I'm a 24-year-old aspiring real estate investor from Sacramento, California. After going to few seminars I bought eight houses in eight months across four states with no money down. I fixed and sold two and then ran out of cash. I am now facing foreclosure on six five houses. I'm learning my lessons, finding solutions and blogging about it.

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How to manage a windfall successfully

This entry is part of JLP's October project — a month-long, cross-blog review of the book The Bogleheads' Guide to Investing. Some of what follows is taken directly from the book.

You have won $50,000! So, what do you do now?

Every day I give advice on following the slow, sure path to wealth. But what happens if you do manage to get rich quickly? What happens if you win the lottery, or hit the jackpot in Vegas, or inherit a million bucks from your Great Aunt Tilley? Continue reading...

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Make a wish list of financial goals

If one moves confidently in the direction of his dreams, and endeavours to live the life which he has imagined, he will meet with a success unexpected in common hours. — Henry David Thoreau

What would you do if money were not a concern? Would you quit your job? Would you travel? Would you live in another state? Another country? Would you write? Would you garden? Would you devote your life to charity? Would you race cars? Would you enter politics?

Many people make poor financial decisions because they don't have long-term personal goals. If you don't understand that buying a new cell phone or playing a game of poker takes money from a larger goal — a new home, a new car, a vacation to Europe — then there's no incentive not to use the money for whatever seems fun at the moment.

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The high cost of being fat

I am fat.

I am fat, but I am not obese. I do not pause to catch my breath when climbing stairs. I do not avoid hikes or sports for fear of failure. But — no mistake — I am fat. I am far above my normal weight. I carry 205 pounds on a frame built for someone forty pounds lighter. [PDF: Body mass index and health, from the USDA.]

How does this relate to personal finance? Your health is your most important asset. Not your house. Not your car. Not your job. Not your retirement account. These are secondary. Your health is your most important asset. Even someone as young as I am (37) can face serious financial repercussions from being overweight.

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Are You Normal About Money?

How much do families spend on food? How much has the average person saved for retirement? Do others balance their checkbooks every month? Every week? Every day? When shopping for homes, how much time do people take?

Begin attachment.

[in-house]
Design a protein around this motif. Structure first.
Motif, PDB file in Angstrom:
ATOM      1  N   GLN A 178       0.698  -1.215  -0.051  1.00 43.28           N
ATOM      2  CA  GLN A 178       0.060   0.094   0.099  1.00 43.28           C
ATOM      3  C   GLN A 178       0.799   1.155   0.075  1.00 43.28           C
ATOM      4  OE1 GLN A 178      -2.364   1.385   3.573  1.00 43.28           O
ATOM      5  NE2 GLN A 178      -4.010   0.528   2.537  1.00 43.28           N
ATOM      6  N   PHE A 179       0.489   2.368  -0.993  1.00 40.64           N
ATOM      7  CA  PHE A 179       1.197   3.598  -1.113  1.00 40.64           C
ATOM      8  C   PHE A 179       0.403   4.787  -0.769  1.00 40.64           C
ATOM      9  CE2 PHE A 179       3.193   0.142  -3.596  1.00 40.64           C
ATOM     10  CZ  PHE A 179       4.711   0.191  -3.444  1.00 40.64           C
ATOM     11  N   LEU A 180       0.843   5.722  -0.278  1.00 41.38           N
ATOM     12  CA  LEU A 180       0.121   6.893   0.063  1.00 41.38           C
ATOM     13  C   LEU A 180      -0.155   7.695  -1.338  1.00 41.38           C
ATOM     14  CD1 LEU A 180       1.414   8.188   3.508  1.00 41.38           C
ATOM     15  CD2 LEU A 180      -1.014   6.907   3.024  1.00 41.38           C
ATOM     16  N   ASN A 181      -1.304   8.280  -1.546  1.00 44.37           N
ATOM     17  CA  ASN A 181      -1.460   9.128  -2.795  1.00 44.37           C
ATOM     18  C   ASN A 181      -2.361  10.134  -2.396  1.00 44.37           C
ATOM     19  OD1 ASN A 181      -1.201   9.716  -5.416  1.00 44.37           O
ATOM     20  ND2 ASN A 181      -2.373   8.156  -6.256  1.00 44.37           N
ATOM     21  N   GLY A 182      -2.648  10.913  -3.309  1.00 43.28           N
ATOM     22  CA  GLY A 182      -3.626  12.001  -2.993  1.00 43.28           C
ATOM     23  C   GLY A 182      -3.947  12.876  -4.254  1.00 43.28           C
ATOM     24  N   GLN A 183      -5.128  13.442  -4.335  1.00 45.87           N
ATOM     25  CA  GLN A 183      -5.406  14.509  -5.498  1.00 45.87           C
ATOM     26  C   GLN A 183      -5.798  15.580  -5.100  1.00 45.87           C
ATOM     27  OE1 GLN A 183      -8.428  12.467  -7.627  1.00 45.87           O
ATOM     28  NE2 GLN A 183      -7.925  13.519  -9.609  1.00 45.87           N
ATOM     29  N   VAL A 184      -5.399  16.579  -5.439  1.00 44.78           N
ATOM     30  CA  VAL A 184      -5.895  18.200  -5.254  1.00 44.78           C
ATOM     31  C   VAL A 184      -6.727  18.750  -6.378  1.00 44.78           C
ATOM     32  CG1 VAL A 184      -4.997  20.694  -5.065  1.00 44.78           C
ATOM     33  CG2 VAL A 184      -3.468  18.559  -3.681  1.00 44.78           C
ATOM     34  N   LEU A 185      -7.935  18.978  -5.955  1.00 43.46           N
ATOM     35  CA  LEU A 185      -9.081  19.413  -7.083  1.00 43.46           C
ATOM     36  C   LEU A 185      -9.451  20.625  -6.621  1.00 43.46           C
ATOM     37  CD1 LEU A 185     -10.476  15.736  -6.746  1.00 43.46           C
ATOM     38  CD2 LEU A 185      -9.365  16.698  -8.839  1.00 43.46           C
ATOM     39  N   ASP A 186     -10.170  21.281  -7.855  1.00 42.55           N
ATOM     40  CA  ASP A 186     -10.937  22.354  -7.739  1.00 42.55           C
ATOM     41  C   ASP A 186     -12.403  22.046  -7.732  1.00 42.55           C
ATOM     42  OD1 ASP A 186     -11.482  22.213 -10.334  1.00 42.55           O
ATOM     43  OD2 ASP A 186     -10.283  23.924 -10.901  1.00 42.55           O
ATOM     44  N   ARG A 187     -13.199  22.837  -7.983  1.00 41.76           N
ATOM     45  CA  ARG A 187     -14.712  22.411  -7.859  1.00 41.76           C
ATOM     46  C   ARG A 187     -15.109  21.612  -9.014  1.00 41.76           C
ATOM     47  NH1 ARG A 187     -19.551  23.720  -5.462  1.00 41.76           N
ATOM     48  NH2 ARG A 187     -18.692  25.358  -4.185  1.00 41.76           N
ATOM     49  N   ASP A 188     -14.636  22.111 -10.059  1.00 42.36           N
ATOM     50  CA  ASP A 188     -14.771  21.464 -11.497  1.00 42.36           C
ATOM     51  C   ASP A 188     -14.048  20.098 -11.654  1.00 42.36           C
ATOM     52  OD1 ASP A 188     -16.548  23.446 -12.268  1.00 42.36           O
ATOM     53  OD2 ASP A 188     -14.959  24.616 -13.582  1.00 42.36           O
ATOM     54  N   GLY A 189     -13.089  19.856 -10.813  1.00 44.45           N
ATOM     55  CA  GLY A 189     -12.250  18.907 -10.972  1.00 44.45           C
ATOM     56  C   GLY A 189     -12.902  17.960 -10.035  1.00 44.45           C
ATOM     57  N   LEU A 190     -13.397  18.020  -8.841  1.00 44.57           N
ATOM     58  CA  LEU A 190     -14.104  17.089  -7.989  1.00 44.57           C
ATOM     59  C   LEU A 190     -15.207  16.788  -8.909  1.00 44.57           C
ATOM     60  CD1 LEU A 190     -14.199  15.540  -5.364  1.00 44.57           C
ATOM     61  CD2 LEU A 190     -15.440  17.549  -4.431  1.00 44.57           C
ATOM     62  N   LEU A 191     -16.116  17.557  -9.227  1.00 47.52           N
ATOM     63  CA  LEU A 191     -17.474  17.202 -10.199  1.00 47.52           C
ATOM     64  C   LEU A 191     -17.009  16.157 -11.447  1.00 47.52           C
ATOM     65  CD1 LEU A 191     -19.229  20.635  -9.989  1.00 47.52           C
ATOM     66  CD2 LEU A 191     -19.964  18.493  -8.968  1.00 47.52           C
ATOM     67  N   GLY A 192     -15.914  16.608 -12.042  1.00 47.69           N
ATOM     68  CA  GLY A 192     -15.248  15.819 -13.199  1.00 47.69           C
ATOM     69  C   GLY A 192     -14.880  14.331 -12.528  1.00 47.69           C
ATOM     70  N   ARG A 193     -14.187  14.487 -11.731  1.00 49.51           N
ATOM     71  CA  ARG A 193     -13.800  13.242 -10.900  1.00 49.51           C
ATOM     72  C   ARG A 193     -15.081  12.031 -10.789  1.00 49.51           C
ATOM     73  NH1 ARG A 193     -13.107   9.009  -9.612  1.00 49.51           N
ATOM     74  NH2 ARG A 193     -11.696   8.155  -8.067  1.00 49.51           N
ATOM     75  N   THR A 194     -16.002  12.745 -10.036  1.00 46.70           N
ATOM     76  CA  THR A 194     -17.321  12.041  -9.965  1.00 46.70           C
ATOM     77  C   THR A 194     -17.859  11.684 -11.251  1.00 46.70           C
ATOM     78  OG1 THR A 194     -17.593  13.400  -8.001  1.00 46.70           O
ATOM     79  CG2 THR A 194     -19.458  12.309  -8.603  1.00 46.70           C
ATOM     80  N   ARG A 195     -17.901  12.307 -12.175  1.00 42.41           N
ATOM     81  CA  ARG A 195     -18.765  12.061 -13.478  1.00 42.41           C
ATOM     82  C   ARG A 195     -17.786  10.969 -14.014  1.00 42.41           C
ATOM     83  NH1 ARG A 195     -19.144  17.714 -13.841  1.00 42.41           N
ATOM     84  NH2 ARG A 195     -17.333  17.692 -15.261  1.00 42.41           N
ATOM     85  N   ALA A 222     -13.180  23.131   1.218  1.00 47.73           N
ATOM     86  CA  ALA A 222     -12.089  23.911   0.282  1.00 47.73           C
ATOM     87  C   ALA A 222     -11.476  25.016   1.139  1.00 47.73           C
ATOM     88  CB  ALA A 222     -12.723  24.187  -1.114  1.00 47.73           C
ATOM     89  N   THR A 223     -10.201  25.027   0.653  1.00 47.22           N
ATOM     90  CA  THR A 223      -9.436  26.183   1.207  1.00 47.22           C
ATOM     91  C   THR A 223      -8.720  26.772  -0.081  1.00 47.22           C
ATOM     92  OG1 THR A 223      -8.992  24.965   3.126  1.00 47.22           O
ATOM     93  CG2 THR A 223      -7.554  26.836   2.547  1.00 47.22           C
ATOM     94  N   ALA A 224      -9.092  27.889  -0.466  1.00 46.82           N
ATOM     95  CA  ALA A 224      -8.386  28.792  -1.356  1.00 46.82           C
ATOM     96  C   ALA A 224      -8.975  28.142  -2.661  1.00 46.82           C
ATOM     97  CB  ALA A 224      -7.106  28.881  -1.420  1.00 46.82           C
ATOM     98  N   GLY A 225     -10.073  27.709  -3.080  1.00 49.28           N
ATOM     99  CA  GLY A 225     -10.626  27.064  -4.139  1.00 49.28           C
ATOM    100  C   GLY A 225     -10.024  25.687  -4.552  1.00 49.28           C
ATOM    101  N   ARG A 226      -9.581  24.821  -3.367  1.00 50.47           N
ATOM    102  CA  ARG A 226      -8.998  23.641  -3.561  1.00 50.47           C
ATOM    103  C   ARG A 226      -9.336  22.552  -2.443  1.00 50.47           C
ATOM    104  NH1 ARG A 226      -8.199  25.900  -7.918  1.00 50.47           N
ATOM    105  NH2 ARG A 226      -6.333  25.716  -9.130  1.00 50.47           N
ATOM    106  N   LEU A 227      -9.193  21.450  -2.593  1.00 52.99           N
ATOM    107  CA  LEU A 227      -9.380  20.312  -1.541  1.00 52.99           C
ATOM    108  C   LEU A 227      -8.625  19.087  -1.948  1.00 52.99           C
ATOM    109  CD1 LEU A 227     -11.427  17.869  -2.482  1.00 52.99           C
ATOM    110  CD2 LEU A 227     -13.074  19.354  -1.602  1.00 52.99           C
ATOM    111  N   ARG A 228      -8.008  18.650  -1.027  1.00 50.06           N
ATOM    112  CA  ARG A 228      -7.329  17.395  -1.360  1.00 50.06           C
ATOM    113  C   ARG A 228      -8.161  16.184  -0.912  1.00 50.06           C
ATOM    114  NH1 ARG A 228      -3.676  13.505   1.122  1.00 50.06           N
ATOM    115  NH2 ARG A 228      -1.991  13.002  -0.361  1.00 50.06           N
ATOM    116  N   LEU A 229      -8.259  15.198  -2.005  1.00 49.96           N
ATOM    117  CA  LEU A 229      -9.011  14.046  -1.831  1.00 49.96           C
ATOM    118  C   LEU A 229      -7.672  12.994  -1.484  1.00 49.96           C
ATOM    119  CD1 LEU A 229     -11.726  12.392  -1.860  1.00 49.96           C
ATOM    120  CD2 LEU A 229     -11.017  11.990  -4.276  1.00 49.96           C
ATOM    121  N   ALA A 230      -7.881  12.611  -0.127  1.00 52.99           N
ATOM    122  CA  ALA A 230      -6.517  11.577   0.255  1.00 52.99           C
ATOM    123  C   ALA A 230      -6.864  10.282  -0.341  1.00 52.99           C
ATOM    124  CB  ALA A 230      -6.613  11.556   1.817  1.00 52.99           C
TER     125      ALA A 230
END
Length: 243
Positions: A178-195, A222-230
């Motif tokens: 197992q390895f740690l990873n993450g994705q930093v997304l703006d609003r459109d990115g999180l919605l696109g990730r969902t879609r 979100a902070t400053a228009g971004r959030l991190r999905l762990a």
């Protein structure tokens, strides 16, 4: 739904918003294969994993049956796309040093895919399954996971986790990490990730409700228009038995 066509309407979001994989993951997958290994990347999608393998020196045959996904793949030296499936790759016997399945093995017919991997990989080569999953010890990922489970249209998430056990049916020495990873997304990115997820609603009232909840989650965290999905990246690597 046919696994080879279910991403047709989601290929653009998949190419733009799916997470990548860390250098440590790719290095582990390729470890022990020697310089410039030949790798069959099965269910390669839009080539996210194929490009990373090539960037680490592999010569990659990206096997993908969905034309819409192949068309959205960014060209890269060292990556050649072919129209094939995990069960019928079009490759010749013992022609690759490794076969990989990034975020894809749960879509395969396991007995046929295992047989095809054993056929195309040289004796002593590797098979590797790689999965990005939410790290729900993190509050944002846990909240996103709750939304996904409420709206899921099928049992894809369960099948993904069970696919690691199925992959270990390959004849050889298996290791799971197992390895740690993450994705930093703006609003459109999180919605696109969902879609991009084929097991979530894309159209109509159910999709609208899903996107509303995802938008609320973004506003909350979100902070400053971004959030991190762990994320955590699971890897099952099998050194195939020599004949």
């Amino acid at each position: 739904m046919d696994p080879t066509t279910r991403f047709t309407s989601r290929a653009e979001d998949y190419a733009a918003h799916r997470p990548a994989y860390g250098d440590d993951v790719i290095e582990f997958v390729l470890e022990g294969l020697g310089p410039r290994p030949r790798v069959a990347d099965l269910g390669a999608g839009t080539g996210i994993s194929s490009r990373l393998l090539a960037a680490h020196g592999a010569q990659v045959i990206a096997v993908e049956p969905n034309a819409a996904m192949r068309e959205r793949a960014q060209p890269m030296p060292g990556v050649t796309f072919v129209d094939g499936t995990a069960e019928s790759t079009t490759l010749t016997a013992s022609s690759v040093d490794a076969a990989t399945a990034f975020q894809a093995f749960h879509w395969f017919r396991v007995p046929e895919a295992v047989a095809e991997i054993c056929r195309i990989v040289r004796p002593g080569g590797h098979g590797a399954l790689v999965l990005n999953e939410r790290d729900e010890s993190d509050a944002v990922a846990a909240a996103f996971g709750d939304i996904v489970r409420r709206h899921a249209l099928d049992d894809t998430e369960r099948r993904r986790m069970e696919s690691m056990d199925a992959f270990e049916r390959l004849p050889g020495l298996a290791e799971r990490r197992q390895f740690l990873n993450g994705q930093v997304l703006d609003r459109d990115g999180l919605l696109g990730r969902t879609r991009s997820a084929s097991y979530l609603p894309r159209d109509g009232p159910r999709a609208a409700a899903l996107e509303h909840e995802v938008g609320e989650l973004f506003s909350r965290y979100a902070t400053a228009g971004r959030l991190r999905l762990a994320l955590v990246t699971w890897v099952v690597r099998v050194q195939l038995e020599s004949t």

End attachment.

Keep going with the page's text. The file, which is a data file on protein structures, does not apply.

I recently spent $4 on a book that answers these questions and others like them. Are You Normal About Money? by Bernice Kanner purports to offer a statistical representation of the financial lives of normal Americans. While I question the methodology — it mostly comprises the results of surveys at, hardly a scientific sample — the results are interesting.

Here are some typical questions and responses:

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Basic tips on tipping: How much and to whom?

Waffle House CoffeeEvery time I get my hair cut, I'm faced with a dilemma — should I tip the barber or not? I usually get my hair cut in a small-town shop. I tip $2 on a $12 haircut. If I get to hear stories about Vietnam or histrionic political rants, I tip $3, even if I don't agree with the barber's viewpoints. (I tip because I've been entertained.) Sometimes, if I don't have enough cash, I don't leave a anything at all. Are these tips appropriate?

What about when I pick up Chinese takeout? Should I have tipped the guys who delivered our new gas range last fall? What about a hotel bellhop? A parking valet? Out of curiosity, I did some research on tipping practices in the United States. There's actually significant disagreement about how much to tip for even common services.

For example, you know you should tip your waitress. But how much should you leave? Some people claim that 10% is adequate. Others claim that 20% is standard. But I suspect that most of us learned to tip 15%, and to give more for exceptional service. (The wikipedia entry on tipping currently contains the bizarre claim that "18% is generally accepted as a standard tip for good service".) Which amount is correct? Continue reading...